Ironically, it is my father who is of Irish-German ancestry who is the one who is a wee bit frugal. Fortunately, that gene has skipped a generation.

(For the record, I got all four 'who's in there on the first try.)

Posted by: yellojkt | August 9, 2010 11:35 AM | Report abuse

hmmmm... *running over to the front page*

Yep. Alert! :-)

Posted by: Scottynuke | August 9, 2010 11:37 AM | Report abuse

For a much more formal exegesis on how much violence and mayhem fans will tolerate in their sporting events, might I recommend the James Caan version of 'Rollerball.'

Spoiler: A lot.

Posted by: yellojkt | August 9, 2010 11:42 AM | Report abuse

I love football- have always loved playing it- but eventually realized that it is just too hard on the body to keep doing it. (Having a family to support changes your thinking in amazing ways!) I've told my boys that while I love the sport, I will do everything I can to discourage them from playing. They are now rabid golf-nuts, with the twins playing on their high school team...that whooshing sound is the sigh of relief from me and my wife.

Posted by: lee54 | August 9, 2010 11:44 AM | Report abuse

I think an in depth analysis will find that being slammed to the turf, especially with the head whipping downward, that accounts for many concussions in American Football (and form tackling is very unique to that sport). Removing head gear won't help that. So unless you want to go to flag or two-hand touch, I can't see forgoing helmets.

Joel's right, its football's Achilles heal.

D

Posted by: rockdoc1 | August 9, 2010 11:59 AM | Report abuse

lee54 must be using google Chrome

Posted by: bh72 | August 9, 2010 12:01 PM | Report abuse

Well, it's not boxing. I used to love the heavyweight matches. I thought if they didn't die in the ring, then they'd recover. But I was wrong. I can't watch it anymore. Getting a pretty bad concussion in the '90s gave me a lot of awareness of the problem too. It's a way to lose weight I can't recommend.

Posted by: Jumper1 | August 9, 2010 12:30 PM | Report abuse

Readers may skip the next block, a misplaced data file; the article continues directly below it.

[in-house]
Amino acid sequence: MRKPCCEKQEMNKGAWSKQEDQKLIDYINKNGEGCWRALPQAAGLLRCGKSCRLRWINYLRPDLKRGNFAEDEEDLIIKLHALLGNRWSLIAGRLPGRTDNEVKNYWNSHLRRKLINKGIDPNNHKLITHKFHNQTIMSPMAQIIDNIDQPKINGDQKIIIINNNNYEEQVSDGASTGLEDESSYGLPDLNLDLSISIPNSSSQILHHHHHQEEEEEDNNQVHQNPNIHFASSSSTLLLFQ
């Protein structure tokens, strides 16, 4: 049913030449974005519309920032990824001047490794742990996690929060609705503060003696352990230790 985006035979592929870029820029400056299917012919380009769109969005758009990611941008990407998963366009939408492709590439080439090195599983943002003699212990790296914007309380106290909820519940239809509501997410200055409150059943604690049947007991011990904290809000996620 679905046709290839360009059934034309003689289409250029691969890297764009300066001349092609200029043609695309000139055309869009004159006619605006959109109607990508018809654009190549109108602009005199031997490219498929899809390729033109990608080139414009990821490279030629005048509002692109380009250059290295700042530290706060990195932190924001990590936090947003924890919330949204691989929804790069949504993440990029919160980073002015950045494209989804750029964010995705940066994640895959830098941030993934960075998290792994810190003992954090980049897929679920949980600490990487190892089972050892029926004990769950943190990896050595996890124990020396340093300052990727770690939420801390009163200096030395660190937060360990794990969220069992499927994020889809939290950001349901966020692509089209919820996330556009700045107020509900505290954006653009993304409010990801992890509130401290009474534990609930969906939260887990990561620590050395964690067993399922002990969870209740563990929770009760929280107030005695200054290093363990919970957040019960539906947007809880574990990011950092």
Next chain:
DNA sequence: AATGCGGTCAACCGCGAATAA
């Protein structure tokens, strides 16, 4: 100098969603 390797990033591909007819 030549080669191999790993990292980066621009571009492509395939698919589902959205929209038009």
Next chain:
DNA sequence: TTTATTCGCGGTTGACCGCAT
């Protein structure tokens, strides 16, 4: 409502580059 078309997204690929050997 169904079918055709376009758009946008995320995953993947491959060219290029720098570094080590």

Then there's the matter of padding below the waistline. Football girdles.

Posted by: DaveoftheCoonties | August 9, 2010 12:30 PM | Report abuse

The entire homoerotic exaggeration of football uniforms has made me uneasy for years. RuPaul couldn't make those pants leave less to the imagination. And I say this as a person who regularly wears biker shorts.

Posted by: yellojkt | August 9, 2010 12:43 PM | Report abuse

Numerologists take note. It has just come to my attention (via my wife's Facebook page) that today is 8-9-10.

Posted by: yellojkt | August 9, 2010 12:48 PM | Report abuse

Good afternoon, all.

I played football on just about every level there is, up to college (Too skinny and slow for Bobby Ross. And just as well, as it turns out.). The most fun for me to play were those disorganized street, playground and backyard games full neigborhood kids utlizing natural terrain ("Cut out behind the Pinto and I'll hit you on the sideline at the curb."), but they weren't much fun for anyone to watch because of the unwritten protocols and arguing and general scrummage. Plenty of broken bones, teeth, and blood, though...

Before we get all crazy about playing without helmets, I've said for years that a redesign of football gear was in order. Instead of banning helments and shoulder pads, let's redesign them to reduce their impact when used to deliver blows. Lighter gear (hello, carbon fiber and kevlar), with with soft coverings of a mandated compostion and thickness (think SFI manufactuing standards). Folks used to manufacturing motorcycle and auto racing safety gear should be able to help the current football gear manufacturers with the engineering and development...

Oops, gotta run.

Football in August is an excellent reason to drink beer and argue about training camp dramas (see Hanesworth, Albert, and Farve, Brett).

bc

Posted by: -bc- | August 9, 2010 1:01 PM | Report abuse

Dangit, and I already missed 05:06:07!!! *L*

Posted by: Scottynuke | August 9, 2010 1:03 PM | Report abuse

Ahhhh, street football...

"Filbert, go down to 9th Street, catch the J Bus.

Have 'em open the doors at 19th Street.

I'll fake it to you."

:-)

Posted by: Scottynuke | August 9, 2010 1:09 PM | Report abuse

bc,
Sorry about your college career being cut short. It's a shame you never got to play on Bobby Ross's 1985 Cherry Bowl winning team.

Or watch in person his 1990 Citrus Bowl National Championship victory over Nebraska. Oh, wait, that was my team, and I did see it.

And I have no idea how he found time to coach football and still paint all those landscapes.

Posted by: yellojkt | August 9, 2010 1:12 PM | Report abuse

I wish I had job that paid 6 or 7 figures where going to work involved three hours in which I only had to exert myself for five or ten minutes. "Pointless" applies to American football in every month.

Posted by: dubhlaoich | August 9, 2010 1:33 PM | Report abuse

testing...

Posted by: -TBG- | August 9, 2010 1:33 PM | Report abuse

bc, you and jkt are such youngsters. I watched one of those spring alumni games that they had at MD for a while (maybe in '93) with my brother in law (Les) and Stan Gelbaugh was on the other side of Les.

Posted by: russianthistle | August 9, 2010 1:35 PM | Report abuse

amen!

Posted by: Washington Post Editors | August 9, 2010 1:36 PM | Report abuse

I give up. I had a very good post in response to bc about head injury, but the filterbot doesn't like it for some reason.

Posted by: -TBG- | August 9, 2010 1:40 PM | Report abuse